Hillary Clinton's plan to fix the economy

Clinton gave a good speech on her plans to address the nation's economic woes. But do we really need more help from Alan Greenspan?

Published March 24, 2008 8:47PM (EDT)

Even though the United States is in the middle of an "epic financial crisis," complained Paul Krugman on Monday, Clinton, Obama and McCain have failed to move the meltdown into "the center of election debate." Following which, Sen. Hillary Clinton immediately went to Philadelphia and gave what her campaign billed as a "major speech" on the economy.

It's a pretty good speech, though not likely to satisfy Krugman completely. Because while Clinton's speech provided many details on what she would do to address the foreclosure crisis currently sweeping America, she did not give the same amount of attention to the kind of full-scale regulatory reform that Krugman believes is necessary to beat some sense into our "out-of-control financial system."

Clinton's primary nod to Wall Street's troubles was to observe that if the Federal Reserve could assist in the JPMorgan purchase of Bear-Stearns by agreeing to insure against a possible $30 billion worth of Bear-Stearns defaults, then "the federal government should provide at least that much emergency assistance to help families and communities ..." who have been battered by the housing bust.

There's a gut level on which Clinton's focus makes perfect sense. Her position is based on the assumption "that our economic crisis is, at its core, a housing crisis." And there is no doubt that the collapse of the residential real estate sector is wreaking considerable damage on the welfare of millions of Americans and threatening to drag the entire economy into a deep recession. Nor is there any doubt that when campaigning in Pennsylvania, it makes far more political sense to tell voters what you are going to do to make their lives better in the short term, than it would be to talk about obtuse matters such as how Wall Street's infatuation with trading credit derivatives needs to be better regulated.

But the housing crisis is not the core of the problem -- it is a symptom. The housing boom would never have gotten so out of hand if it weren't for Wall Street's hunger to buy and trade complex financial instruments whose value was linked to mortgages. It's very easy to attack homeowners for taking out mortgages that they couldn't afford or mortgage lenders for refusing to do due diligence on their customers, and it is perfectly appropriate to come up with new rules that punish irresponsible or fraudulent behavior. But let's not ever forget who created the incentives that encouraged lenders to throw all the old rule books out the window. The real core of the problem, as Krugman and others have tirelessly pointed out, has been the rise of an essentially unregulated "shadow banking system" of hedge funds and investment banks that used borrowed money to bet without restraint wherever they saw the chance to turn a profit. If they hadn't been betting on collateralized debt obligations linked to mortgage-backed securities they would have found something else.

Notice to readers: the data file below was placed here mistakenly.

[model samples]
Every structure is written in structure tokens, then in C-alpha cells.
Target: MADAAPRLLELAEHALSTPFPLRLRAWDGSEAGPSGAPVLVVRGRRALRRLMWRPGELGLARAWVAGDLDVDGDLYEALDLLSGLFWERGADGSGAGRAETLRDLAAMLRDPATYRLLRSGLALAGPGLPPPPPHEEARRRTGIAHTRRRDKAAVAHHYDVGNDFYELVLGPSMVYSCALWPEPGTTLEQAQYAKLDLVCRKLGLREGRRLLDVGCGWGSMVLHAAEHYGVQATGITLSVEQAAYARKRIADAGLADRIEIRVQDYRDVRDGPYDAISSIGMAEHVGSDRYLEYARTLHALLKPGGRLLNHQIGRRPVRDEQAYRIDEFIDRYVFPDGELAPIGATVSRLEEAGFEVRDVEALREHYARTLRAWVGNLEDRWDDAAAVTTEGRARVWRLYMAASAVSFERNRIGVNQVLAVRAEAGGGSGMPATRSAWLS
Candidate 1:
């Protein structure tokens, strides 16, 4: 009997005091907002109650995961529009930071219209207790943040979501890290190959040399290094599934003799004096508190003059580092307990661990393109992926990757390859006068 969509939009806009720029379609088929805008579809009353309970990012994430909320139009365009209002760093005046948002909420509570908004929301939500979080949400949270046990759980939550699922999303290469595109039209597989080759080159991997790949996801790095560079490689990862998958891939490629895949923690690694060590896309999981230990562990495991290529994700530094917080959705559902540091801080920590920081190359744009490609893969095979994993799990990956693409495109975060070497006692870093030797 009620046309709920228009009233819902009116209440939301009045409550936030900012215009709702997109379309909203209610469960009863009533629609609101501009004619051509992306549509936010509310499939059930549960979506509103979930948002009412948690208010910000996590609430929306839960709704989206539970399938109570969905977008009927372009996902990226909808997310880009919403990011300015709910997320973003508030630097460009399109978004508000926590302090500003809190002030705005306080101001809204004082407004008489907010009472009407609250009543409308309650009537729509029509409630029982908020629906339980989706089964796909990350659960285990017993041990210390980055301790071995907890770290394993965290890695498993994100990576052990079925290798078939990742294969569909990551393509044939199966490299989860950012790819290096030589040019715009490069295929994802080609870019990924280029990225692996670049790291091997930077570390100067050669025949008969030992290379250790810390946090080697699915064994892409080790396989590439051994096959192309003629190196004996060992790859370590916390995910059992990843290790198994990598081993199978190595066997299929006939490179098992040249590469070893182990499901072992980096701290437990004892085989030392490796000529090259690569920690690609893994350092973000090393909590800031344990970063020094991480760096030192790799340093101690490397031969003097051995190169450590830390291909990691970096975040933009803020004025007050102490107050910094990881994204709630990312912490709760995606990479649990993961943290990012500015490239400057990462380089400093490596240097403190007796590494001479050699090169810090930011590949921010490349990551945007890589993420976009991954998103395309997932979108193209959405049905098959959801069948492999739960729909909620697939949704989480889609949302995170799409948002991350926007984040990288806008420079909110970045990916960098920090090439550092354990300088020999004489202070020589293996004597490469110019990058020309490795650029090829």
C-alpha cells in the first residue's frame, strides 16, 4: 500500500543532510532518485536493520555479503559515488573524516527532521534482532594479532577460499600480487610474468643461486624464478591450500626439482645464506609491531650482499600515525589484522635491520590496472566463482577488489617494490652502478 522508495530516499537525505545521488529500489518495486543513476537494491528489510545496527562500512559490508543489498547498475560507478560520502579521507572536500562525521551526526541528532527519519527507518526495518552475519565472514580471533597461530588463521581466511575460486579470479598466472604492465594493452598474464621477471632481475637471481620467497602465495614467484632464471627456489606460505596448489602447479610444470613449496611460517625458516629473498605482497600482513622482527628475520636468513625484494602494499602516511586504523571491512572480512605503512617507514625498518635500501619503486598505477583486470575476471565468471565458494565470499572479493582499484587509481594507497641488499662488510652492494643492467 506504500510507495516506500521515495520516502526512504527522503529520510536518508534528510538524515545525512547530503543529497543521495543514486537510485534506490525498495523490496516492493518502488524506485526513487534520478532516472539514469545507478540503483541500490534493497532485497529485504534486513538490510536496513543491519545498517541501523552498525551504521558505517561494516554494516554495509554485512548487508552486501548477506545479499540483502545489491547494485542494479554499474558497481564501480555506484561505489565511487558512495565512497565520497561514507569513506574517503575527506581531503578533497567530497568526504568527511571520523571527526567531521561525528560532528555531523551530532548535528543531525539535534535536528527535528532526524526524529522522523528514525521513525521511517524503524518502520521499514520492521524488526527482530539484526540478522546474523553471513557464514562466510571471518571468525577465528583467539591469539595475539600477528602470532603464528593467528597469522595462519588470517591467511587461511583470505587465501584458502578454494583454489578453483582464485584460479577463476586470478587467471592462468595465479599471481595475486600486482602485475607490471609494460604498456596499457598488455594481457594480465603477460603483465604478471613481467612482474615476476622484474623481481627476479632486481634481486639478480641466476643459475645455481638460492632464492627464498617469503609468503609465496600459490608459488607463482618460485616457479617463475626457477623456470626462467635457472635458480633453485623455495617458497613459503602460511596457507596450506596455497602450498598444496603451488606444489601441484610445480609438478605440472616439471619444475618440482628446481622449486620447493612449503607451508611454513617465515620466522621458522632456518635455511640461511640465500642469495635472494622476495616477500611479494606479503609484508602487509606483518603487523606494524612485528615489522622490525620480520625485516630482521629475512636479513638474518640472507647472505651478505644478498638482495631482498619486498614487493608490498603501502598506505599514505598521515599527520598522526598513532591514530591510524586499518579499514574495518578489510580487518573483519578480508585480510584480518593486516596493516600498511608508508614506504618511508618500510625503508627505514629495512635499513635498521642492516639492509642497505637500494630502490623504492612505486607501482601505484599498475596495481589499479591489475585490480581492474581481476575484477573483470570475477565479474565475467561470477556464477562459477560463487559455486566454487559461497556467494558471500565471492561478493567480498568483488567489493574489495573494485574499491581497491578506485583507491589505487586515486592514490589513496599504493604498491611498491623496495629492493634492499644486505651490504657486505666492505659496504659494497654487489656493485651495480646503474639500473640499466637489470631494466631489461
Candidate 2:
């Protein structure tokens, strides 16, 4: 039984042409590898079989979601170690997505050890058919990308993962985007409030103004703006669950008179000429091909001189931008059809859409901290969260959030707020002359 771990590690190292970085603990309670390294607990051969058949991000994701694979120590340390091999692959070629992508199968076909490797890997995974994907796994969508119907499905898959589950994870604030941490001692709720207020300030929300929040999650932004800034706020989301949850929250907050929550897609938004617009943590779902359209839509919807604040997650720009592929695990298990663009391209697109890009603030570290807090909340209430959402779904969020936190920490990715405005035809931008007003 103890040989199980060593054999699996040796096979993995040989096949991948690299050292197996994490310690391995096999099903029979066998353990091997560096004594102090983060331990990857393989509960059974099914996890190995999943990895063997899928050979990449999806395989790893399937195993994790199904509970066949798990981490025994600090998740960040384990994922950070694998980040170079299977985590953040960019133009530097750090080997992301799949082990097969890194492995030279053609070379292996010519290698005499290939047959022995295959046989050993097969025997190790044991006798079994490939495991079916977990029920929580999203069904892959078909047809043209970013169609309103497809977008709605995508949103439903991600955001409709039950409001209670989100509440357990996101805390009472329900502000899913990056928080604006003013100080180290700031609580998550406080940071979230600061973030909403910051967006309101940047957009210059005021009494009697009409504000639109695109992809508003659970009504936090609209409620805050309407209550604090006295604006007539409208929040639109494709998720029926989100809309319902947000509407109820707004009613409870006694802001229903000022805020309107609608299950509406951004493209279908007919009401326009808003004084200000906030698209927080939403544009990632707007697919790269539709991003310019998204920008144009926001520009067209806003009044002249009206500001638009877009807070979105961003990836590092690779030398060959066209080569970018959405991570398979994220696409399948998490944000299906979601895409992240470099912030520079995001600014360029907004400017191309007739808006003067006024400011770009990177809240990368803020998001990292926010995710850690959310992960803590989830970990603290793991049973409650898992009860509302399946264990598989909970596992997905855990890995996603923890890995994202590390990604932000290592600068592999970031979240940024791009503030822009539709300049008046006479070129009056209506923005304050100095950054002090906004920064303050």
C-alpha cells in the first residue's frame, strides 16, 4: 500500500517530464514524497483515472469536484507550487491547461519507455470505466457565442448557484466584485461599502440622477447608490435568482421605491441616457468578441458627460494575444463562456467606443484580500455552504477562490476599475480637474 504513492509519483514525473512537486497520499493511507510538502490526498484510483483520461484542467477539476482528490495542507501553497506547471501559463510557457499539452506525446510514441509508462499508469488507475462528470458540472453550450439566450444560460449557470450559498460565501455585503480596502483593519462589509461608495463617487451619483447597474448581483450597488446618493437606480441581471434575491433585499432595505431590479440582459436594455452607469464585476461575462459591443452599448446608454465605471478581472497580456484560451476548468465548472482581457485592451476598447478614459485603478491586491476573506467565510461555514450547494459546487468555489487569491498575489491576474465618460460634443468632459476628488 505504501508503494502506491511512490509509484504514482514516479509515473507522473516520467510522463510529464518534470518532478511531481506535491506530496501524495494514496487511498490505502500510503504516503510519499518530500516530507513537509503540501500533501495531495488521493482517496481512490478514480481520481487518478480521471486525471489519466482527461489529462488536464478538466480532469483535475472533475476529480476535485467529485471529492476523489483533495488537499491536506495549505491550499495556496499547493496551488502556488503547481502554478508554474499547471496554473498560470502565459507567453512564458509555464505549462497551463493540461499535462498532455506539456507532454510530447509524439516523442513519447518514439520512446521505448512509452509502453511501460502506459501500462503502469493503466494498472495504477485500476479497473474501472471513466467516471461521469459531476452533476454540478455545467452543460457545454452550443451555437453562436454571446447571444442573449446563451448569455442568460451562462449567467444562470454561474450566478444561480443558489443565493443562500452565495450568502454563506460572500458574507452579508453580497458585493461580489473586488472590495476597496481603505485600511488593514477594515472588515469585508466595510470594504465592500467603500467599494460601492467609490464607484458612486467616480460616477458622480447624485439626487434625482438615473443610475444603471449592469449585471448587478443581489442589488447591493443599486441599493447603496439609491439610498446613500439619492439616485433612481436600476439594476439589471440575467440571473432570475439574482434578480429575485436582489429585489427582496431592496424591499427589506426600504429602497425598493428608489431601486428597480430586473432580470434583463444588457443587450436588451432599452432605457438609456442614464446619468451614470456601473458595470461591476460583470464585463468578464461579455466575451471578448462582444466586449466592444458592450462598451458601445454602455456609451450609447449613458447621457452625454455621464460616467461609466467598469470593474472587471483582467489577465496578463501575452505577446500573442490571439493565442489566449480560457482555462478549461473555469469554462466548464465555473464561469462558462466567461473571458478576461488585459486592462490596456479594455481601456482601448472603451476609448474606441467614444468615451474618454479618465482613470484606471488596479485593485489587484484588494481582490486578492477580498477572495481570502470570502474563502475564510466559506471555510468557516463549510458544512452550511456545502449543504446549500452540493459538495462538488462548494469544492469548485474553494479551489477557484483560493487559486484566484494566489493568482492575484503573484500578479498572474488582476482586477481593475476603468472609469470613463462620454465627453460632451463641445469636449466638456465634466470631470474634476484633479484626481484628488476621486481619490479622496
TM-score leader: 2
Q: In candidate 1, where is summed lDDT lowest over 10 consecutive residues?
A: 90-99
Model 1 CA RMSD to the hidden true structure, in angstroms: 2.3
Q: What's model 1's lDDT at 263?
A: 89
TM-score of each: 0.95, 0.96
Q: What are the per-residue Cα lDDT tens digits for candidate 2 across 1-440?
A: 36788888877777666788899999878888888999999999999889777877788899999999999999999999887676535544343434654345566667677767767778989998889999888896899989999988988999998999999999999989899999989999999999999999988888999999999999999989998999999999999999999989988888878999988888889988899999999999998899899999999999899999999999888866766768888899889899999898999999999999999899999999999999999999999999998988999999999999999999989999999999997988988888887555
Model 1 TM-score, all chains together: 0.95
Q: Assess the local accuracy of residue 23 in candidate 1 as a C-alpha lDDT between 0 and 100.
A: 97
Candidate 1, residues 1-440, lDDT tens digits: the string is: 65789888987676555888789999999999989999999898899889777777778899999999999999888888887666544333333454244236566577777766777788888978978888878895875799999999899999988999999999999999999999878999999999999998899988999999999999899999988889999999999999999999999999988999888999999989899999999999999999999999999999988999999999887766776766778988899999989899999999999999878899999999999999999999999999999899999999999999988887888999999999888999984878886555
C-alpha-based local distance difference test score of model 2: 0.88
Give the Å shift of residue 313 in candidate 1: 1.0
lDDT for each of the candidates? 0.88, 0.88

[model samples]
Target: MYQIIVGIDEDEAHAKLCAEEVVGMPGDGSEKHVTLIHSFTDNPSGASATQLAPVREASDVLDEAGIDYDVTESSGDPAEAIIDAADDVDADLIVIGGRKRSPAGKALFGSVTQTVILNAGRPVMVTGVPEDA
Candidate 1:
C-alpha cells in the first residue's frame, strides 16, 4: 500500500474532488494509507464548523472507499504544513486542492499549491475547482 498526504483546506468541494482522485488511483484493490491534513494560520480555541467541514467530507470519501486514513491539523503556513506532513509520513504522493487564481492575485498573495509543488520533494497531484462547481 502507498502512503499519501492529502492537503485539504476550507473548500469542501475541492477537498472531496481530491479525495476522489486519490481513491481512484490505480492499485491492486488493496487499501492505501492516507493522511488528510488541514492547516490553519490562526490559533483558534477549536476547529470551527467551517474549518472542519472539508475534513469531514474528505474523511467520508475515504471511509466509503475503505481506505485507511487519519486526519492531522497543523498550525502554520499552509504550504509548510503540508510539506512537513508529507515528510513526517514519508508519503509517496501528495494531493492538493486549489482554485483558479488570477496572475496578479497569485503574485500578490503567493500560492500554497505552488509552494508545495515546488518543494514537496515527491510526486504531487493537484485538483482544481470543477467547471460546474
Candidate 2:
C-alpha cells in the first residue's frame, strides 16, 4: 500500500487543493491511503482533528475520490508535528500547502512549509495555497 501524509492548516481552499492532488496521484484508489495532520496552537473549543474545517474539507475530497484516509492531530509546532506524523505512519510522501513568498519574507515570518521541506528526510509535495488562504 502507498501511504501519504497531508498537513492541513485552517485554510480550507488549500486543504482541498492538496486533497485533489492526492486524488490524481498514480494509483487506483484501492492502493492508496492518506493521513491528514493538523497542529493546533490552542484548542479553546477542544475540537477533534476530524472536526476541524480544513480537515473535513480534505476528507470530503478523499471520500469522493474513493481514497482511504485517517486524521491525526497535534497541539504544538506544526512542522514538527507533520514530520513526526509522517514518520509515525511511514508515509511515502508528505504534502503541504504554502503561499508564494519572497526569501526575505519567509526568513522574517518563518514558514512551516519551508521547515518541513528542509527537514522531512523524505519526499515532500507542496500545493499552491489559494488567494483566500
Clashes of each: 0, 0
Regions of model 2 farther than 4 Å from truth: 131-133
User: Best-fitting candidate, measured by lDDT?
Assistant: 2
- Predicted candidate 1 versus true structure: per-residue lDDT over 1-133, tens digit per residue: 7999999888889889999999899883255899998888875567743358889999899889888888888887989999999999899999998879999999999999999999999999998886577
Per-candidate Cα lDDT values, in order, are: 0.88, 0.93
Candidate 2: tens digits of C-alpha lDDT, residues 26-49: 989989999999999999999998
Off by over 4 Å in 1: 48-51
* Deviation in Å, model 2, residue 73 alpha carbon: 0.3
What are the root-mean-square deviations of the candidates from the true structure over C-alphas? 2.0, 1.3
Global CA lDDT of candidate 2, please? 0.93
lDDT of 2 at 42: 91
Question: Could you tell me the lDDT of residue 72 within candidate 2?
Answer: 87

But tackling serious regulatory reform of the financial markets may be a bit of a touchy subject for Hillary Clinton. Because, as even as dedicated a partisan as Krugman will agree, "the Clinton administration went along too easily with moves to deregulate the financial industry." The trend line that got us where we are today started with Ronald Reagan, continued through the Clinton administration and reached its apotheosis in George W. Bush. To make financial reregulation a cornerstone of her campaign would invite a reinspection of the Clinton record on these matters.

Hillary Clinton may have inadvertently revealed this Achilles' heel in her economic platform when she declared in Philadelphia that she was proposing an "Emergency Working Group on Foreclosures," that "could be led by a distinguished, nonpartisan group of economic leaders like Alan Greenspan, Robert Rubin, Paul Volcker."

Robert Rubin is saying now that we need some new rules for Wall Street, but he sure wasn't making that case when he was secretary of the treasury under Clinton. And Alan Greenspan? The man whom history will likely hold most responsible for the contours of the current "epic" financial crisis? Please tell us you misspoke, Hillary!

By Andrew Leonard

Andrew Leonard is a staff writer at Salon. On Twitter, @koxinga21.

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Alan Greenspan Globalization Great Recession Hillary Rodham Clinton How The World Works U.s. Economy